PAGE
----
After a few years ago writing a fascinating exposé of the forger (Walter Fritz) behind the so-called Gospel of Jesus’ Wife and his duping of Karen King at Harvard, just yesterday Ariel Sabar published an equally fascinating exposé about stolen and misrepresented New Testament papyri, including many from Oxford’s Egyptian Exploration Society (EES) and its famous Oxyrynchus papyri collection.Read More »
Over the years I’ve developed a variety of individual handouts for New Testament classes that I’ve taught. Today I decided to compile them into a brief New Testament Introduction Sourcebook to share freely and openly with the world.
The sourcebook materials are well-suited to accompany my introductory video lectures for New Testament (RLST 201) at CSU Fullerton. The related RLST 201 course syllabus for Spring 2018 is also available.Read More »
Always enjoyable to come back to paleography. Today’s task is to finish my critical edition of CANT 78.3, The Hospitality and Perfume of the Bandit, based on a collation of texts found in two manuscripts, Vatican Library Lat. 6300 and British Library Harley 3199. The story is likely 13th or 14th century, one among several medieval variations of the Good Thief’s hospitality to the Holy Family during their sojourn to Egypt.
This story is unique in that it ties the miraculous perfume the Good Thief receives from Jesus’ mother Mary to the alabaster-carried perfume that Mary Magdalene used to anoint the feet of Jesus.Read More »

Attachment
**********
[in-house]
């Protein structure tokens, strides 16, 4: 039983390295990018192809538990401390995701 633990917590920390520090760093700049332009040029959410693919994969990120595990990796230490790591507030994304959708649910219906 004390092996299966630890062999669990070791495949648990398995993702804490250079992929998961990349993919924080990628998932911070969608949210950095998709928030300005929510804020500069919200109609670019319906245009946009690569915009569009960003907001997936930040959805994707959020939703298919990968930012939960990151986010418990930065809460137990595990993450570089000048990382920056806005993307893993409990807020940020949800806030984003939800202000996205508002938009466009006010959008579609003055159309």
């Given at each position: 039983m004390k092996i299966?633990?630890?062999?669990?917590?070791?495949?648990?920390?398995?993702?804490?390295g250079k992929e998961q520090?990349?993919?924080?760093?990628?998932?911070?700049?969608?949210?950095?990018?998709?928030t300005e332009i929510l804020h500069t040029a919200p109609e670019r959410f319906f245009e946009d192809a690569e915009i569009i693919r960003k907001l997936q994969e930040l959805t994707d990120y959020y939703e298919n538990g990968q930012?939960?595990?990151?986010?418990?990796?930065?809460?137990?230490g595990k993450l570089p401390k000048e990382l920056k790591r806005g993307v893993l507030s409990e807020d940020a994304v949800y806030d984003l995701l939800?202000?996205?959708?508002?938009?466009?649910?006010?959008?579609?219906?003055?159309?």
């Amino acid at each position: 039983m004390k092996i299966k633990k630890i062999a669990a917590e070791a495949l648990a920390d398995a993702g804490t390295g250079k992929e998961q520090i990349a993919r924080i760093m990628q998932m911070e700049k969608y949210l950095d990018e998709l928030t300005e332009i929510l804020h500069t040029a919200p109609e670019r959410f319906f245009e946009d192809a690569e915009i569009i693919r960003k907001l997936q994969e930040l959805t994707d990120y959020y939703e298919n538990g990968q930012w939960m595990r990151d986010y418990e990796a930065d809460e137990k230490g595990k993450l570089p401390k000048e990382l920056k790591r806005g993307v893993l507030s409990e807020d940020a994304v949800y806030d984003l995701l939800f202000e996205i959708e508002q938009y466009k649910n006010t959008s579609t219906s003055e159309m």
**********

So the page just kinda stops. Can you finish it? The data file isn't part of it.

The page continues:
After obtaining or checking for permission with my publishers, I’ve uploaded open access versions of many of my recent publications. All of these self-archived publications now have DOIs and are linked in my ORCID record. This was also a good reminder to update my ORCID record more generally, so I added all of my missing presentations and service work. I’m almost up to 100 academic works!Read More »
Campus news piece sent out by email today featured our recently edited book on Mimesis Criticism of the New Testament. Thank you to the most excellent team in Strategic Communications for sharing this publication and those of other faculty!
The first six chapters look with critical appreciation on MacDonald’s recent work, support mimesis criticism becoming a vital and standard methodology within New Testament studies, and sometimes propose new directions of mimetic inquiry. The final three chapters focus on close mimetic analysis of specific passages in the Gospels and Acts, while also tracing out broader literary and theological implications for the New Testament, early Christianity, and the reception of epic literature in late antiquity.Read More »
Classical Greek Models of the Gospels and Acts: Studies in Mimesis Criticism. Edited by Mark G. Bilby, Michael Kochenash, and Margaret Froelich. Claremont, CA: Claremont Press, 2018.Read More »